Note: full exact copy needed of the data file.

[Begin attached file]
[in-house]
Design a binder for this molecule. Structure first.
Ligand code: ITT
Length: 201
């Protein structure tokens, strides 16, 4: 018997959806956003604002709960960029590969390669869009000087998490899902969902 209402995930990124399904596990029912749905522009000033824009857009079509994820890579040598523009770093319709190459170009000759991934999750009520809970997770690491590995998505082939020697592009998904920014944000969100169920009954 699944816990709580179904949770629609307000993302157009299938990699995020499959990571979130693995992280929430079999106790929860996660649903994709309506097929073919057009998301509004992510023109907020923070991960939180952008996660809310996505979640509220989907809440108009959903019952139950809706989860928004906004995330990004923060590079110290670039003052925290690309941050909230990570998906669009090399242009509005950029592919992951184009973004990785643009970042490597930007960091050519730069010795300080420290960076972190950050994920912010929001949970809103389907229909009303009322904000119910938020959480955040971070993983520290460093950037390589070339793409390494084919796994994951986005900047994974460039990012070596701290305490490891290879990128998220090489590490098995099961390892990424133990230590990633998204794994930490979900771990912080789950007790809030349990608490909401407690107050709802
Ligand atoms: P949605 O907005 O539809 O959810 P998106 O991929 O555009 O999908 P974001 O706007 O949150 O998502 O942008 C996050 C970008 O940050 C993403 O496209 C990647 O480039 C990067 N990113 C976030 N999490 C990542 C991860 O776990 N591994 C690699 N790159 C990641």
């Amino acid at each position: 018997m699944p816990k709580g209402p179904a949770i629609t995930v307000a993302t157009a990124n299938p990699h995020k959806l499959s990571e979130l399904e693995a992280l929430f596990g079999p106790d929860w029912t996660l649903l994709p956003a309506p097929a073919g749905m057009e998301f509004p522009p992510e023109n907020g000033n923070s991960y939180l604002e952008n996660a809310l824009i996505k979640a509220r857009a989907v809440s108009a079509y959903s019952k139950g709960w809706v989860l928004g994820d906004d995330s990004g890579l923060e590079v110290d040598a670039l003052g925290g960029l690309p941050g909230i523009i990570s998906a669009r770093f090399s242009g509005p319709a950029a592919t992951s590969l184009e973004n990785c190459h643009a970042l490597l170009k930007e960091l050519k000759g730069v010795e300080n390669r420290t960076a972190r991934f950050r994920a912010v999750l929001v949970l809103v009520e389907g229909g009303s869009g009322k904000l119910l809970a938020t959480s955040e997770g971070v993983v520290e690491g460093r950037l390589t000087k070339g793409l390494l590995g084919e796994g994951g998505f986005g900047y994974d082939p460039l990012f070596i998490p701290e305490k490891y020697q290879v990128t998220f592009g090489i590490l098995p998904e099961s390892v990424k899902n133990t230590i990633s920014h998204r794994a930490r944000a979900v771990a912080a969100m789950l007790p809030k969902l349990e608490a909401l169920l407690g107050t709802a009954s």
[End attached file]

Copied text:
[in-house]
Design a binder for this molecule. Structure first.
Ligand code: ITT
Length: 201
């Protein structure tokens, strides 16, 4: 018997959806956003604002709960960029590969390669869009000087998490899902969902 209402995930990124399904596990029912749905522009000033824009857009079509994820890579040598523009770093319709190459170009000759991934999750009520809970997770690491590995998505082939020697592009998904920014944000969100169920009954 699944816990709580179904949770629609307000993302157009299938990699995020499959990571979130693995992280929430079999106790929860996660649903994709309506097929073919057009998301509004992510023109907020923070991960939180952008996660809310996505979640509220989907809440108009959903019952139950809706989860928004906004995330990004923060590079110290670039003052925290690309941050909230990570998906669009090399242009509005950029592919992951184009973004990785643009970042490597930007960091050519730069010795300080420290960076972190950050994920912010929001949970809103389907229909009303009322904000119910938020959480955040971070993983520290460093950037390589070339793409390494084919796994994951986005900047994974460039990012070596701290305490490891290879990128998220090489590490098995099961390892990424133990230590990633998204794994930490979900771990912080789950007790809030349990608490909401407690107050709802
Ligand atoms: P949605 O907005 O539809 O959810 P998106 O991929 O555009 O999908 P974001 O706007 O949150 O998502 O942008 C996050 C970008 O940050 C993403 O496209 C990647 O480039 C990067 N990113 C976030 N999490 C990542 C991860 O776990 N591994 C690699 N790159 C990641």
């Amino acid at each position: 018997m699944p816990k709580g209402p179904a949770i629609t995930v307000a993302t157009a990124n299938p990699h995020k959806l499959s990571e979130l399904e693995a992280l929430f596990g079999p106790d929860w029912t996660l649903l994709p956003a309506p097929a073919g749905m057009e998301f509004p522009p992510e023109n907020g000033n923070s991960y939180l604002e952008n996660a809310l824009i996505k979640a509220r857009a989907v809440s108009a079509y959903s019952k139950g709960w809706v989860l928004g994820d906004d995330s990004g890579l923060e590079v110290d040598a670039l003052g925290g960029l690309p941050g909230i523009i990570s998906a669009r770093f090399s242009g509005p319709a950029a592919t992951s590969l184009e973004n990785c190459h643009a970042l490597l170009k930007e960091l050519k000759g730069v010795e300080n390669r420290t960076a972190r991934f950050r994920a912010v999750l929001v949970l809103v009520e389907g229909g009303s869009g009322k904000l119910l809970a938020t959480s955040e997770g971070v993983v520290e690491g460093r950037l390589t000087k070339g793409l390494l590995g084919e796994g994951g998505f986005g900047y994974d082939p460039l990012f070596i998490p701290e305490k490891y020697q290879v990128t998220f592009g090489i590490l098995p998904e099961s390892v990424k899902n133990t230590i990633s920014h998204r794994a930490r944000a979900v771990a912080a969100m789950l007790p809030k969902l349990e608490a909401l169920l407690g107050t709802a009954s």